Ronald C. Kessler; Ayelet Meron Ruscio; Katherine Shear; Hans-Ulrich Wittchen

255

Epidemiology of venous thromboembolism.  

PubMed Central

This review of the epidemiology of venous thromboembolism includes estimates of incidence and prevalence of venous thrombosis and its sequelae, a discussion geographical, annual and seasonal variations and data concerning possible risk factors. Selection of patients at increased risk for development of deep venous thrombosis or pulmonary embolism for specific diagnostic screening or for prophylactic therapy with low-dose heparin may be a more effective approach to lowering morbidity and mortality from this disease. PMID:329779

Coon, W W

1977-01-01

256

Epidemiology of cluster headache  

Microsoft Academic Search

Cluster headache was first described over 300 years ago, but in the last century our knowledge of the disorder has exploded\\u000a through both clinical observation and epidemiological data. Although some of the data are conflicting and more need to be\\u000a obtained, much is known about the disorder. This article reviews the data to date on the prevalence and incidence of

Susan W. Broner; Joshua M. Cohen

2009-01-01

257

Cho, Hearn — Provocative Questions  

Cancer.gov

This is an important question - many cancers such as multiple myeloma are characterized by genomic instability, with new cytogenetic abnormalities, deletions or mutations, and other genetic changes detected as disease progresses.

258

Scardino, Peter — Provocative Questions  

Cancer.gov

Excellent question, made more provocative when we realize that the seminal vesicles and Cowper’s gland in the male, tissues adjacent to the prostate and under the same hormonal influences as the prostate, rarely if even harbor malignant tumors.

259

Endocrine System Clicker Questions  

NSDL National Science Digital Library

This is a set of clicker questions designed for first year nursing students in an Anatomy and Physiology course, used during the endocrine system. It can also be used for an undergraduate Physiology course.

DDS/DO Elizabeth J Kavran (Ursuline College Biology)

2009-05-01

260

Schneider, Thomas — Provocative Questions  

Cancer.gov

Provocative Questions Skip to content. | Skip to navigation Personal tools Sign Up Log in Sections Home Home Current RFAs and PQs Cancer Prevention and Risk Mechanisms of Tumor Development or Recurrence Tumor Detection, Diagnosis, and Prognosis Cancer

261

Finn, Olivera — Provocative Questions  

Cancer.gov

Provocative Questions Skip to content. | Skip to navigation Personal tools Sign Up Log in Sections Home Home Current RFAs and PQs Cancer Prevention and Risk Mechanisms of Tumor Development or Recurrence Tumor Detection, Diagnosis, and Prognosis Cancer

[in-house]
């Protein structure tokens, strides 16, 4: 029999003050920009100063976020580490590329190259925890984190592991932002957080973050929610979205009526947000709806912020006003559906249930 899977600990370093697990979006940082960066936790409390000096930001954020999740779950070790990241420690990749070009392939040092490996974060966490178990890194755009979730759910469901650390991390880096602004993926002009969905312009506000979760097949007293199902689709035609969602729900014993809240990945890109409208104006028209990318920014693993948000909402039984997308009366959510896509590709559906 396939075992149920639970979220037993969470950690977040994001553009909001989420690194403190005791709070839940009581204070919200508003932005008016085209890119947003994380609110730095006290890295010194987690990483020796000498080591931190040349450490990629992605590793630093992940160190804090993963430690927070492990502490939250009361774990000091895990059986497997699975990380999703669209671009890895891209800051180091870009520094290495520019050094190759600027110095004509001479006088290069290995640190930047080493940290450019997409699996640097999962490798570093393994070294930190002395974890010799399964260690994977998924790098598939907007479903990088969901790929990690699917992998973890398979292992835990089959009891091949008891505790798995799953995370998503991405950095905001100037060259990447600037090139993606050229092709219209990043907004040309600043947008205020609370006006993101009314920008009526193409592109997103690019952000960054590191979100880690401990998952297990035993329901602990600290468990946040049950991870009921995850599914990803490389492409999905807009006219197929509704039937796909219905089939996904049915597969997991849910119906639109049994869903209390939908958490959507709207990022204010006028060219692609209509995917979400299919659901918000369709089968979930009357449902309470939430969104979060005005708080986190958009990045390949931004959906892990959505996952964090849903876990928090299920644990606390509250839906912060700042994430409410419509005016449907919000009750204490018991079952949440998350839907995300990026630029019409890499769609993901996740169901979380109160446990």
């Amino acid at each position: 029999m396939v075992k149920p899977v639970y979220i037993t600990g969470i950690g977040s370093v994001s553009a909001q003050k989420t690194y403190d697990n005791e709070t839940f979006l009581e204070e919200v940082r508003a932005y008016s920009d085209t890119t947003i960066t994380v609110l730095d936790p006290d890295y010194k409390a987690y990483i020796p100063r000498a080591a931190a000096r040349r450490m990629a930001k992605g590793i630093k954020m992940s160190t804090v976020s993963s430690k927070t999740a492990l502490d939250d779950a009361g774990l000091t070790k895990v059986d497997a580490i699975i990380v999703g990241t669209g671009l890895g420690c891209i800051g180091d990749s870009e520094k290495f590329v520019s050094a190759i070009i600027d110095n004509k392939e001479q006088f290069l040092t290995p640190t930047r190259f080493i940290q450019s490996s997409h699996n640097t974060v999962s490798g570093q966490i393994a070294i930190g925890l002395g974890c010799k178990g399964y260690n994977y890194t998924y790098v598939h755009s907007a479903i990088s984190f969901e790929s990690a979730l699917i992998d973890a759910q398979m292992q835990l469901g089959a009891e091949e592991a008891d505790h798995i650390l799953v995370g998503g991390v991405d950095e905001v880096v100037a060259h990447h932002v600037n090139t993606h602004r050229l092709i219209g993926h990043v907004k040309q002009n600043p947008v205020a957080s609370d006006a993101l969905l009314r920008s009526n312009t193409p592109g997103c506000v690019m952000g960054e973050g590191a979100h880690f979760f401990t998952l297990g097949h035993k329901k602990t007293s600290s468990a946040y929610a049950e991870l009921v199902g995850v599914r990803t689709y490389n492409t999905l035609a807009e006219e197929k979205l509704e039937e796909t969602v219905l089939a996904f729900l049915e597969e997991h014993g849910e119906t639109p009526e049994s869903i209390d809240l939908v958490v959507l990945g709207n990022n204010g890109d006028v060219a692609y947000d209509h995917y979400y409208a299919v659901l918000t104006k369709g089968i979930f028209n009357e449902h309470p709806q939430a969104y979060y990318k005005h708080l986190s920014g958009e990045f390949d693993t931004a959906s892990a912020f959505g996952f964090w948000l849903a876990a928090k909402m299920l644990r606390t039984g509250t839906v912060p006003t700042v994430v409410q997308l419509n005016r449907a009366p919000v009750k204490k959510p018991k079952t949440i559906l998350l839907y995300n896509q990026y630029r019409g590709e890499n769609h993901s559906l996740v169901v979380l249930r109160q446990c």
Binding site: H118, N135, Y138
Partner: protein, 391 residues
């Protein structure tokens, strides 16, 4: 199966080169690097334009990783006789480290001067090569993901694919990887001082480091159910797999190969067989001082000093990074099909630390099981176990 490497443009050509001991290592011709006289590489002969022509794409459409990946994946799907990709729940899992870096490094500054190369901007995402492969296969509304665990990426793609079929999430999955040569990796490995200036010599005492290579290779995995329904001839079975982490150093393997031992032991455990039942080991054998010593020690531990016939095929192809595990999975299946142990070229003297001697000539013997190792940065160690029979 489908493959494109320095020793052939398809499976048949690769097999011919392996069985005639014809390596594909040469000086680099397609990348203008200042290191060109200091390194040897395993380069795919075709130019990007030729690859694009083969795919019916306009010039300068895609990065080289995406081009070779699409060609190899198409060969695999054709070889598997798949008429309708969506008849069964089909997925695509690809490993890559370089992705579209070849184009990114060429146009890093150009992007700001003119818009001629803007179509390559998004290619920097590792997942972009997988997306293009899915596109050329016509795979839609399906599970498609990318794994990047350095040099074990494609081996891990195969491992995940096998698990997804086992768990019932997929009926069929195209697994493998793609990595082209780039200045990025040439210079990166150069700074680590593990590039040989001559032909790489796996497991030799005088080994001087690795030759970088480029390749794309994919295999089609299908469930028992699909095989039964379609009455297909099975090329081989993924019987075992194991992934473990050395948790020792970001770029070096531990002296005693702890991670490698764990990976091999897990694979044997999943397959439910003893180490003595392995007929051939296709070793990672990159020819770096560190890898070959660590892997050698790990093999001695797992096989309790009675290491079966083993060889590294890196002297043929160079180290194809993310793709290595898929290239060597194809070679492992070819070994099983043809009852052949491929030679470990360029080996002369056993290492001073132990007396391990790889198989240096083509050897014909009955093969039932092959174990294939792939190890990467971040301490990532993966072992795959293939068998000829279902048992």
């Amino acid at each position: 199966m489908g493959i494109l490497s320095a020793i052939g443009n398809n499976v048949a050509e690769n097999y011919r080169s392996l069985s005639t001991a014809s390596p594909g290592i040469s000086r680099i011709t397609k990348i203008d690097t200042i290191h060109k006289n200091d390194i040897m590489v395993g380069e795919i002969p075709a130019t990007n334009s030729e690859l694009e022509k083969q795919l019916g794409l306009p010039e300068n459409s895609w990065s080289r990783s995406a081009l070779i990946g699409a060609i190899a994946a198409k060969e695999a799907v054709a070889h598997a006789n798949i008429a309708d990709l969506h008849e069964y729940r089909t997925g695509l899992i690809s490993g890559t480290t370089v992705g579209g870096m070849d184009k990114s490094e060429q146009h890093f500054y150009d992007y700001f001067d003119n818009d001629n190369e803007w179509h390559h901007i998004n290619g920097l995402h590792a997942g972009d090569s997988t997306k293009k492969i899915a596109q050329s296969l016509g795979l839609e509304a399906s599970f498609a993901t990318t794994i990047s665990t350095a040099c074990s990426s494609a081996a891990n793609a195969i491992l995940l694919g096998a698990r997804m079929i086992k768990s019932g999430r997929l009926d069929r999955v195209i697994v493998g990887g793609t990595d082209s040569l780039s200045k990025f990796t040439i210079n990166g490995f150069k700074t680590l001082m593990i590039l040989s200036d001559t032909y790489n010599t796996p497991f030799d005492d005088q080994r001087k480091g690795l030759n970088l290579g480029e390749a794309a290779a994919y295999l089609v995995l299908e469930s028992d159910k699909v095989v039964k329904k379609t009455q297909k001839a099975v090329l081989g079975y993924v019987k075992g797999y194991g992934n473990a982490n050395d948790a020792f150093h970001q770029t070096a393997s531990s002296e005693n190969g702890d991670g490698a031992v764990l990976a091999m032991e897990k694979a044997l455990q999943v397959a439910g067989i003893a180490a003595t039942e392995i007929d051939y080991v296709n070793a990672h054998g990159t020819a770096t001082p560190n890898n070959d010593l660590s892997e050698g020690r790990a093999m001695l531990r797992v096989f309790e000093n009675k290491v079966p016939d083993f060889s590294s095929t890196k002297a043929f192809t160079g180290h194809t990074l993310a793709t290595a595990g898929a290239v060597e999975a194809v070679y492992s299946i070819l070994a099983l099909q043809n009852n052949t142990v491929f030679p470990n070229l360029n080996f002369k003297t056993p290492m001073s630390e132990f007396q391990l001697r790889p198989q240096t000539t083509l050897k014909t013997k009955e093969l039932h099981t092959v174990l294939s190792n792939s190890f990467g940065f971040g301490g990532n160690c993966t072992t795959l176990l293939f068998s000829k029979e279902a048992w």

262

Paternostro, Giovanni — Provocative Questions  

Cancer.gov

This question addresses a very important problem but could be slightly modified to be more provocative. For example, can we design combinatorial cancer therapies that use the same strategies as biological combinatorial control?

263

Questions about Biological Parents  

MedlinePLUS

... About Biological Parents Family Life Listen Questions About Biological Parents Article Body As you raise your adopted ... to her life—the fact that she has biological parents elsewhere—that may make it necessary for ...

264

Provocative Questions Workshop  

Cancer.gov

Provocative Questions Workshop August 2, 2011 UCLA Jonsson Comprehensive Cancer Center Los Angeles, California Final Participant List Chair Edward Harlow, Ph.D Chair Department of Biological Chemistry and Molecular Pharmacology Harvard Medical

265

Frequently Asked Questions  

Cancer.gov

Frequently Asked Questions Where is the SRK postdoctoral fellowship geographically located?The highly competitive program is for female postdoctoral fellows training in any of the National Cancer Institutes’ intramural research settings.  NCI facilities

266

Finn, Olivera — Provocative Questions  

Cancer.gov

An exciting development in this area that would be encouraged by attempting to answer this important question, is the connection between the observations of cancer risk modulation by epidemiologists and immune mechanisms that appear to be involved, described by immunologists.

267

Saha, Bratin — Provocative Questions  

Cancer.gov

Provocative Questions Skip to content. | Skip to navigation Personal tools Sign Up Log in Sections Home Home Current RFAs and PQs Cancer Prevention and Risk Mechanisms of Tumor Development or Recurrence Tumor Detection, Diagnosis, and Prognosis Cancer

268

CAT questions and answers  

SciTech Connect

This document, prepared in February 1993, addresses the most common questions asked by APS Collaborative Access Teams (CATs). The answers represent the best judgment on the part of the APS at this time. In some cases, details are provided in separate documents to be supplied by the APS. Some of the answers are brief because details are not yet available. The questions are separated into five categories representing different aspects of CAT interactions with the APS: (1) Memorandum of Understanding (MOU), (2) CAT Beamline Review and Construction, (3) CAT Beamline Safety, (4) CAT Beamline Operations, and (5) Miscellaneous. The APS plans to generate similar documents as needed to both address new questions and clarify answers to present questions.